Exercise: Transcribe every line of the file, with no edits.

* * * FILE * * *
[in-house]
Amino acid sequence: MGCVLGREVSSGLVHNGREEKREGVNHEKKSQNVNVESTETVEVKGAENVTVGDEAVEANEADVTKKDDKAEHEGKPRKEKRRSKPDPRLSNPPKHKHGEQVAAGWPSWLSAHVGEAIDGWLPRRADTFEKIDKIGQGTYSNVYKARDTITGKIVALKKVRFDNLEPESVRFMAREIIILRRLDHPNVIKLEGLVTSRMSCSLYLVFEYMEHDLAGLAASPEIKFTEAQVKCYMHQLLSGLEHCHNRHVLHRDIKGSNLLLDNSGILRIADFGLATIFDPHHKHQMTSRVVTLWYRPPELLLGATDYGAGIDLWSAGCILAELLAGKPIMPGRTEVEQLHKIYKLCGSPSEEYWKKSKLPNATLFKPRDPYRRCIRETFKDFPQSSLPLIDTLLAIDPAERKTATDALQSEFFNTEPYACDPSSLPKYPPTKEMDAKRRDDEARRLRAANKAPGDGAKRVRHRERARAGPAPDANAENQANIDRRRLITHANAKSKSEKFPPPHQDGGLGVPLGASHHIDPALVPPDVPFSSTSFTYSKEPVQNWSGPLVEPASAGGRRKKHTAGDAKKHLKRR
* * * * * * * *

[in-house]
Amino acid sequence: MGCVLGREVSSGLVHNGREEKREGVNHEKKSQNVNVESTETVEVKGAENVTVGDEAVEANEADVTKKDDKAEHEGKPRKEKRRSKPDPRLSNPPKHKHGEQVAAGWPSWLSAHVGEAIDGWLPRRADTFEKIDKIGQGTYSNVYKARDTITGKIVALKKVRFDNLEPESVRFMAREIIILRRLDHPNVIKLEGLVTSRMSCSLYLVFEYMEHDLAGLAASPEIKFTEAQVKCYMHQLLSGLEHCHNRHVLHRDIKGSNLLLDNSGILRIADFGLATIFDPHHKHQMTSRVVTLWYRPPELLLGATDYGAGIDLWSAGCILAELLAGKPIMPGRTEVEQLHKIYKLCGSPSEEYWKKSKLPNATLFKPRDPYRRCIRETFKDFPQSSLPLIDTLLAIDPAERKTATDALQSEFFNTEPYACDPSSLPKYPPTKEMDAKRRDDEARRLRAANKAPGDGAKRVRHRERARAGPAPDANAENQANIDRRRLITHANAKSKSEKFPPPHQDGGLGVPLGASHHIDPALVPPDVPFSSTSFTYSKEPVQNWSGPLVEPASAGGRRKKHTAGDAKKHLKRR